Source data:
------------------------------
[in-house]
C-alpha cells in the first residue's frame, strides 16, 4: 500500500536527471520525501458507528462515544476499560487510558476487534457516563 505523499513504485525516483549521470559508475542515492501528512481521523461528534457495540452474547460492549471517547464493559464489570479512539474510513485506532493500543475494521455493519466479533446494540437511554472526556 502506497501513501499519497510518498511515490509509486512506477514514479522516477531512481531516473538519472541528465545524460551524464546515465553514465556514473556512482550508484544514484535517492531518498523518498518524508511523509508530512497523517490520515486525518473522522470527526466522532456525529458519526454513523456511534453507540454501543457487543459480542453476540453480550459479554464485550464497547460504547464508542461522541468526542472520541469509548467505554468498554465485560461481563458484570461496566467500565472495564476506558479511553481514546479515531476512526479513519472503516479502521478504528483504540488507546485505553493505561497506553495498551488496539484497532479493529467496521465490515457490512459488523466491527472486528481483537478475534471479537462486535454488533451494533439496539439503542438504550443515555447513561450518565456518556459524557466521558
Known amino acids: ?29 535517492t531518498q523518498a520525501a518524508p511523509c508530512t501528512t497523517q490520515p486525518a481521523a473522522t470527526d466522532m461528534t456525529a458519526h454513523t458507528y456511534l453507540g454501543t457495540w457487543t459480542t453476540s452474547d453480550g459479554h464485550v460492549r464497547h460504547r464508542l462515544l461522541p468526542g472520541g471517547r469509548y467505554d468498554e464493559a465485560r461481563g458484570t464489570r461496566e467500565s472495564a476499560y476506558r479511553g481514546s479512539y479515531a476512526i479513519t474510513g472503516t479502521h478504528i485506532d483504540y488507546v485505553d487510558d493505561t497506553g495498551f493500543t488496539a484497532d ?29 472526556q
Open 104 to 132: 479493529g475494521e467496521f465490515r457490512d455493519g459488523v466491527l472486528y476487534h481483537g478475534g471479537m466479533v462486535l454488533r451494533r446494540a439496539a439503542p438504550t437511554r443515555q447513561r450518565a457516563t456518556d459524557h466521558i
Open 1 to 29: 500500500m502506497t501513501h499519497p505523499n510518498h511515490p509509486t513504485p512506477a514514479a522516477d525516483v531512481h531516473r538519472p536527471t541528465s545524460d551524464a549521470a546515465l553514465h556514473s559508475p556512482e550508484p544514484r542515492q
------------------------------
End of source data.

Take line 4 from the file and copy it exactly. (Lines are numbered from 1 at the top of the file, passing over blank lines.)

Open 104 to 132: 479493529g475494521e467496521f465490515r457490512d455493519g459488523v466491527l472486528y476487534h481483537g478475534g471479537m466479533v462486535l454488533r451494533r446494540a439496539a439503542p438504550t437511554r443515555q447513561r450518565a457516563t456518556d459524557h466521558i